Tuesday, May 19, 2015

Storm Chasing in Nevada

Sunset storm over the Cambridge Hills in Lyon County, Nevada
Smith Valley south of Wellington
At Topaz Lake on the California/Nevada border,  and I had a storm pass by earlier this month.  There was lighting over by Wellington in Smith Valley, so we decided to chase it east into Smith Valley to see if we could catch some lightning photos. 


We saw some flashes of lightning in the distance, but it was way ahead of us.  We didn't catch the storm in Smith Valley; it continued over the next set of mountains to Mason Valley, south of Yerington.


So we headed through Wilson Canyon and once in Mason Valley headed south, ending up in the Cambridge Hills as the skies cleared towards the setting sun, and "golden hour" color spread under the storm clouds. 

Crepuscular rays, sun rays, were streaming down past the clouds.  I had to pull over to catch a quick hand-held picture.

The storm was to the west, the sun was shining under it from the east, and we were under the edge, which ran north and south.


I continued on to where I knew there was an old stone building in the Cambridge Hills mining district that could serve as s good foreground subject.  The light was perfect with a dark, shadowy hill in the middle and the clouds breaking up, revealing a mountain in the distance.

We headed west over the hills, but the country was opening up and there would be few foreground subjects, so we backtracked briefly to shoot toward the sun.  We turned north on a two track side road through the sagebrush, and at some point had to simply stop and make do with whatever foregrounds we could compose, as the light was going off, and it would't last.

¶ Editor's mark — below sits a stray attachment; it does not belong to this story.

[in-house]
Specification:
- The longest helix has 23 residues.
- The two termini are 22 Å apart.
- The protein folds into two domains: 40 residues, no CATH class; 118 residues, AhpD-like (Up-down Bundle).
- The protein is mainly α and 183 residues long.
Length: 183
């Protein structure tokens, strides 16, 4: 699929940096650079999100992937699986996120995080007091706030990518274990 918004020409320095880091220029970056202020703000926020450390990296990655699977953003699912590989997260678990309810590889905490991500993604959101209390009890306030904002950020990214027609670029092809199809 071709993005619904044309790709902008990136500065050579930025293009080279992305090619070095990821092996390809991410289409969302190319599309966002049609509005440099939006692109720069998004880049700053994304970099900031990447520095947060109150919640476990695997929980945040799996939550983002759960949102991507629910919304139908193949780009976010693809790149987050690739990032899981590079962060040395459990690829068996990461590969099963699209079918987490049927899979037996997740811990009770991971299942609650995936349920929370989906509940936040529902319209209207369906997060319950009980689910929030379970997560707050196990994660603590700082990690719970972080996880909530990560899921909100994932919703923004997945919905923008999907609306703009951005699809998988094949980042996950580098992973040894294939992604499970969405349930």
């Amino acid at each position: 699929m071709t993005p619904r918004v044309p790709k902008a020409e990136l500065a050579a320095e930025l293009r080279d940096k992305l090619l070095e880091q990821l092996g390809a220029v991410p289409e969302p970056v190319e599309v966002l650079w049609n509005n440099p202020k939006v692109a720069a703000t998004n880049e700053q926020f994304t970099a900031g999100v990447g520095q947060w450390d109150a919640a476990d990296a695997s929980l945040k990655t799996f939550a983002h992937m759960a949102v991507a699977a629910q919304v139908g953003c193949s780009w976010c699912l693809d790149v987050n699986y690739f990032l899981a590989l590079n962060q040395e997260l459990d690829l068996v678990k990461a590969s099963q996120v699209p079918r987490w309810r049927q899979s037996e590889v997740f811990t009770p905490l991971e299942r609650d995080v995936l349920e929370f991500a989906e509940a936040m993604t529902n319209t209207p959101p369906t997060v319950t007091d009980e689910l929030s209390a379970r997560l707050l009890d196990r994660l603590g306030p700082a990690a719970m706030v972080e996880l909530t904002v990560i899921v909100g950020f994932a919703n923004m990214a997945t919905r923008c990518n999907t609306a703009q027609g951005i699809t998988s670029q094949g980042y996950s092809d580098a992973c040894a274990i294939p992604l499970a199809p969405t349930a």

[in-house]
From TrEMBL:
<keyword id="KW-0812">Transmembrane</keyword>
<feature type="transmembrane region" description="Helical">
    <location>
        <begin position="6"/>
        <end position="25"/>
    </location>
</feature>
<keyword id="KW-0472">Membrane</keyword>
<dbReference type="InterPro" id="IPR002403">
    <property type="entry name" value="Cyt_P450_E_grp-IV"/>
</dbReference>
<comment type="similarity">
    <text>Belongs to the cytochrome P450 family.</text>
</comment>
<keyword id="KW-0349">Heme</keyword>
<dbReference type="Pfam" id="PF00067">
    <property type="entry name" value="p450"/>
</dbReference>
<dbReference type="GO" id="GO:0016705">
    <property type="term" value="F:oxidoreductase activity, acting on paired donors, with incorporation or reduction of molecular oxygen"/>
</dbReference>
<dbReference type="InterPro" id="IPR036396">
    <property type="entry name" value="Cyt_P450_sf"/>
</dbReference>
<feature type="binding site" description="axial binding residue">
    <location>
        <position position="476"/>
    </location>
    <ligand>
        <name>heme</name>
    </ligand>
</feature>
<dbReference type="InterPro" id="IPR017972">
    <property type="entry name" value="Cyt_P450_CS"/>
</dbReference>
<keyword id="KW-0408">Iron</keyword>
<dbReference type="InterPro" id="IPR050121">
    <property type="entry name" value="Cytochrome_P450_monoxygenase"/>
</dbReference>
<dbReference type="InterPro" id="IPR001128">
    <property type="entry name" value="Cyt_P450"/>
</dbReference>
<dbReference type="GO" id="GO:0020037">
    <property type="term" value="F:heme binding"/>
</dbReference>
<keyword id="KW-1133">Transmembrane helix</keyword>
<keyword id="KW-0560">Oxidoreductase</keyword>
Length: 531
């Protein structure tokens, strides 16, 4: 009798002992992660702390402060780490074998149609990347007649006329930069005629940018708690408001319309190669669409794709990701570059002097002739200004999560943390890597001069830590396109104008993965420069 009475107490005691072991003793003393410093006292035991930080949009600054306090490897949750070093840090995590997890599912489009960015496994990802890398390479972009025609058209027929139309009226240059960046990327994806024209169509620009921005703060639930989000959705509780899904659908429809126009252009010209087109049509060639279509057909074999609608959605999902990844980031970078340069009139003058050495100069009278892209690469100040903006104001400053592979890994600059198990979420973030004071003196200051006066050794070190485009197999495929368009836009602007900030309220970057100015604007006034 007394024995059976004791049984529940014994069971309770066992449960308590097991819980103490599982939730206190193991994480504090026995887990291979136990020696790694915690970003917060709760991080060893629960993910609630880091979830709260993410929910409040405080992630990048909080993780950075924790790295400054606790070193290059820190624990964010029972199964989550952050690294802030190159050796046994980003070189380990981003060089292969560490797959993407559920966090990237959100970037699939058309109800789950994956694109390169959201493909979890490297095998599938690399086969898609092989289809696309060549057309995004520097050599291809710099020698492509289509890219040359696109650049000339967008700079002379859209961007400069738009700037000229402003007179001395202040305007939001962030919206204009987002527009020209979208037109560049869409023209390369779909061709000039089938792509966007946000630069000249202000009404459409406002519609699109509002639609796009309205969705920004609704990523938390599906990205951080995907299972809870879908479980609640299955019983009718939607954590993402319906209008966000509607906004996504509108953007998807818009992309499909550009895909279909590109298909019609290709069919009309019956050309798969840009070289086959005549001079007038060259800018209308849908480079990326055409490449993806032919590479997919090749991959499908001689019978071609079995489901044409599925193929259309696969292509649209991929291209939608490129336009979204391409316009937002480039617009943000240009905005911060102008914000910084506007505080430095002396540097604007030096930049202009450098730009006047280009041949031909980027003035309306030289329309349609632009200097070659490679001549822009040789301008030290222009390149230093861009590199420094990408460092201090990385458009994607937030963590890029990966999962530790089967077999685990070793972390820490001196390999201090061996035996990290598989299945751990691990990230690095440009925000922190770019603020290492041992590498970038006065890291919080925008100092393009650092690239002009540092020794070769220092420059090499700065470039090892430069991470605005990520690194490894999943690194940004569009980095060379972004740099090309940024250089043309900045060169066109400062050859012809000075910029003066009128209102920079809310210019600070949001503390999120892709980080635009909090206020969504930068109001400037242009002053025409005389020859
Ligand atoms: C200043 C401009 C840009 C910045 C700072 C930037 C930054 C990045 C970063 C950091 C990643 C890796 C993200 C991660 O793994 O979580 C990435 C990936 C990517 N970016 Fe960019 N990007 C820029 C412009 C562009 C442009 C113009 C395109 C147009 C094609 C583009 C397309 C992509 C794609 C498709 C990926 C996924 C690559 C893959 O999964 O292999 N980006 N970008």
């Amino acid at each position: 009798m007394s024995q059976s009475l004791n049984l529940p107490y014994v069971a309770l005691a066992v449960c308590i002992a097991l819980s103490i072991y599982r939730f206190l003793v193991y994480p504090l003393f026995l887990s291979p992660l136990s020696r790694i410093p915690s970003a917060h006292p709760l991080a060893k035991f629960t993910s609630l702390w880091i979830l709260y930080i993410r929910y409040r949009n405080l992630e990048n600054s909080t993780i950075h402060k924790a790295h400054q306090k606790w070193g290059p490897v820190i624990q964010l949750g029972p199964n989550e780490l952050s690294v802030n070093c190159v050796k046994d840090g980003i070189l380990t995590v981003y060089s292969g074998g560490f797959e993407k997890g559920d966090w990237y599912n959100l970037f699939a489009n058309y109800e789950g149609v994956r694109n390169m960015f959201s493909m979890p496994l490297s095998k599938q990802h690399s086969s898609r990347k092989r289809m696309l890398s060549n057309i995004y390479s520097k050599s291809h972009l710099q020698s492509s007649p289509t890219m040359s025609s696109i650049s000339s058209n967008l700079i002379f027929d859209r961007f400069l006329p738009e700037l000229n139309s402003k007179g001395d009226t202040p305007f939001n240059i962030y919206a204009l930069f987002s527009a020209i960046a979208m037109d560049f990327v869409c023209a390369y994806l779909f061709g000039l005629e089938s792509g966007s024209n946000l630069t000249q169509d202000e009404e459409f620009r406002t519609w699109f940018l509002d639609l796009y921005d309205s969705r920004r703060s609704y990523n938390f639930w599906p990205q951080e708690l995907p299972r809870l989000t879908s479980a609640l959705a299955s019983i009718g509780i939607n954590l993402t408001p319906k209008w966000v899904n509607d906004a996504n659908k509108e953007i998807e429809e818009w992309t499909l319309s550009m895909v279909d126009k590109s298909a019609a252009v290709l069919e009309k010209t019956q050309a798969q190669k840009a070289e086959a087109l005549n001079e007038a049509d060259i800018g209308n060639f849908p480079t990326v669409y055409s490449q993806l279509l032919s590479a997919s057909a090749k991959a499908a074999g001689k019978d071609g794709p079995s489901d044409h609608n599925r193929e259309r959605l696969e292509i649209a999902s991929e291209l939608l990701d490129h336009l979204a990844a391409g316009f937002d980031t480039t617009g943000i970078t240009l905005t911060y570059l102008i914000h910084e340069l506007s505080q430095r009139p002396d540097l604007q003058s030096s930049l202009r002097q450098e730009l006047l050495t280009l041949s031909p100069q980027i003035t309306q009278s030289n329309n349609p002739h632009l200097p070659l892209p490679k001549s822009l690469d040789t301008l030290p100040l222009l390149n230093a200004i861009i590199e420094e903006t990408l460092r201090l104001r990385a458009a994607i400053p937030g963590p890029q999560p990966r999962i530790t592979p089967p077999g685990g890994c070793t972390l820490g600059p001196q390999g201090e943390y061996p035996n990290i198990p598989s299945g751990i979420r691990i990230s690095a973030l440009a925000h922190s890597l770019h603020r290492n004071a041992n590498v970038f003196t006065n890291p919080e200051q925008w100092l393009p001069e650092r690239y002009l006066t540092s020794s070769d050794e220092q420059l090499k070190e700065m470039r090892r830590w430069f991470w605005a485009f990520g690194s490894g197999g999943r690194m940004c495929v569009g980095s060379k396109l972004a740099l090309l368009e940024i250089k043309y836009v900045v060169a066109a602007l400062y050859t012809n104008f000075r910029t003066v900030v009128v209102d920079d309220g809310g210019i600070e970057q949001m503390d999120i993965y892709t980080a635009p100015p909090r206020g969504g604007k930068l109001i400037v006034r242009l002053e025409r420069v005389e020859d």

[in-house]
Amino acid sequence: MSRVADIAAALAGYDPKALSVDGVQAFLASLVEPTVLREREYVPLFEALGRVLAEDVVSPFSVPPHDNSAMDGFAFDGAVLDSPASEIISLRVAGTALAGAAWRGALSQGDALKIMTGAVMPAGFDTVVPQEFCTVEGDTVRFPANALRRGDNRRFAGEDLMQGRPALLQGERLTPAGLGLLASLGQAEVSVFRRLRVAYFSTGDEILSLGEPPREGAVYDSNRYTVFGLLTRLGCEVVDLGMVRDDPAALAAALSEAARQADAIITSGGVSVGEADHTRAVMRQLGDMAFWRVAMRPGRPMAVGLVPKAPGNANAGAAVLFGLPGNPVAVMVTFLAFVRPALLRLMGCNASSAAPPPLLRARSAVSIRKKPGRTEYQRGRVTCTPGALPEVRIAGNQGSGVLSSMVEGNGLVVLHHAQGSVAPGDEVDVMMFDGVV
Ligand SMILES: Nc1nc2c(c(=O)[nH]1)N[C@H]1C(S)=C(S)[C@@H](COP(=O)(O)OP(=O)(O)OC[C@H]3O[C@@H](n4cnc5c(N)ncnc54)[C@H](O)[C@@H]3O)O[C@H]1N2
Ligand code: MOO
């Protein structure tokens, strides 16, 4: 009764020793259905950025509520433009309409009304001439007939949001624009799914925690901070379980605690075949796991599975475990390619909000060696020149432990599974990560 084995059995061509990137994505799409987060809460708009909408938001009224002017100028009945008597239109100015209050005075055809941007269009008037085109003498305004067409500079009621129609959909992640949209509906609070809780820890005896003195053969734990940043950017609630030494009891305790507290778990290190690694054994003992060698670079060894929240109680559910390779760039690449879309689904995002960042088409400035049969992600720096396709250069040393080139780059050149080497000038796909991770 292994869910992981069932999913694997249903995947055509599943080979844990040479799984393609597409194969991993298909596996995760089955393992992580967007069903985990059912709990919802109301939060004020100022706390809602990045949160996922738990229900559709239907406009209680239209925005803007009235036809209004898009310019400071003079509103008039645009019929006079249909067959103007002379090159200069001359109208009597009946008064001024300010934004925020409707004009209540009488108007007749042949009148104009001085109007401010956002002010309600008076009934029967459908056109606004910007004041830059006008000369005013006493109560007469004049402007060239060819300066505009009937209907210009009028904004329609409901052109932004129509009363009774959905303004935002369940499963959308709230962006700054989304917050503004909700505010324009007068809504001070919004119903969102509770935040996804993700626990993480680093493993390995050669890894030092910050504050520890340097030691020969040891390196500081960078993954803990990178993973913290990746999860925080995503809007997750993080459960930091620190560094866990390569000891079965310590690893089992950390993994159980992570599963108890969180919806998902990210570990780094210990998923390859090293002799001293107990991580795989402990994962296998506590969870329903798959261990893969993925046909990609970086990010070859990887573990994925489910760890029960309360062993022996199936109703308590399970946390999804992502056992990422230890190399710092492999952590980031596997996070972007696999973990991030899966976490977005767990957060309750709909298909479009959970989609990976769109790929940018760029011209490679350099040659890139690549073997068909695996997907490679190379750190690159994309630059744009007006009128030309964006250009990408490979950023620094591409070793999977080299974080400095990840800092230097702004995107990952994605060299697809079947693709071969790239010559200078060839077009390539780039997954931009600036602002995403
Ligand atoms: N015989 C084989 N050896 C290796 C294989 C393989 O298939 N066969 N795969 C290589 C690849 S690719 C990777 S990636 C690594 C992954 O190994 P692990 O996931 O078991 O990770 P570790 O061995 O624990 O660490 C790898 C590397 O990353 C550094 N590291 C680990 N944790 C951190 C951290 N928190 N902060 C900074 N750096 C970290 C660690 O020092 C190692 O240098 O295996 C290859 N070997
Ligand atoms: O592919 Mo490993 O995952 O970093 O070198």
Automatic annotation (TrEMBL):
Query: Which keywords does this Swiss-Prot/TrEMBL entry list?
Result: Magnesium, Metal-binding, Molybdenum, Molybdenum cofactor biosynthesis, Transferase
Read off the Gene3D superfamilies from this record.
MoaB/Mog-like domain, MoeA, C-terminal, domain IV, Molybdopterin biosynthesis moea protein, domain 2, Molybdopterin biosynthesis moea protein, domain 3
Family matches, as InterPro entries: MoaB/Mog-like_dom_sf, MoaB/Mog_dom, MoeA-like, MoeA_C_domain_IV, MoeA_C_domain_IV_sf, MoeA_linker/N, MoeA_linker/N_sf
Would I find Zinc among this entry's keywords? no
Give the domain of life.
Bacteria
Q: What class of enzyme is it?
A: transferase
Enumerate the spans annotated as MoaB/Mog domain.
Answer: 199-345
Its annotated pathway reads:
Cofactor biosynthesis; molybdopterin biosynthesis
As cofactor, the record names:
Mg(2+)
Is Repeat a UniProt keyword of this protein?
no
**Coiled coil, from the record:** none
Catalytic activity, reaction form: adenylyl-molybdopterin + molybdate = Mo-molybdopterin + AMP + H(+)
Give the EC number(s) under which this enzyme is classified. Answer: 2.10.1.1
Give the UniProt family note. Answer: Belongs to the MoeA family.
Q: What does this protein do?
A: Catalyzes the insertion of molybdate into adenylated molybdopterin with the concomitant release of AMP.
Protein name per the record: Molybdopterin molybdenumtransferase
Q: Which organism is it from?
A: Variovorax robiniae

We had some great opportunities as the sun went from yellow to orange and shot light under the storm clouds, while the clouds to the east of us started to take on shades at the blue end of the spectrum (above).  

When you mix cool and warm tones, blue cloud-diffused light with orange to red sunset tones, you can get shares of purple, pink and magenta.  Some people don't believe that those tones happen in the sky in real life, but there they were, and they were consistently captured across multiple cameras.  


When the best of the color was past, and the sky darkened and faded a bit, I could  slow down, start to put away my DSLR, and see what  smartphone could do with what was left.  A panorama seemed appropriate to show the transition into the darkness under the storm.





We stuck around to capture a time-lapse of the clouds moving as the storm dissipated, and as the nearly-full moon rose behind them.

We never did catch up to the storm of capture any lightning shots, but we sure found some great conditions that we never could have anticipated!  Sometimes showing up is what it takes to see the amazing things that happen all around us every day. 

Last golden hour light before the sky went crazy.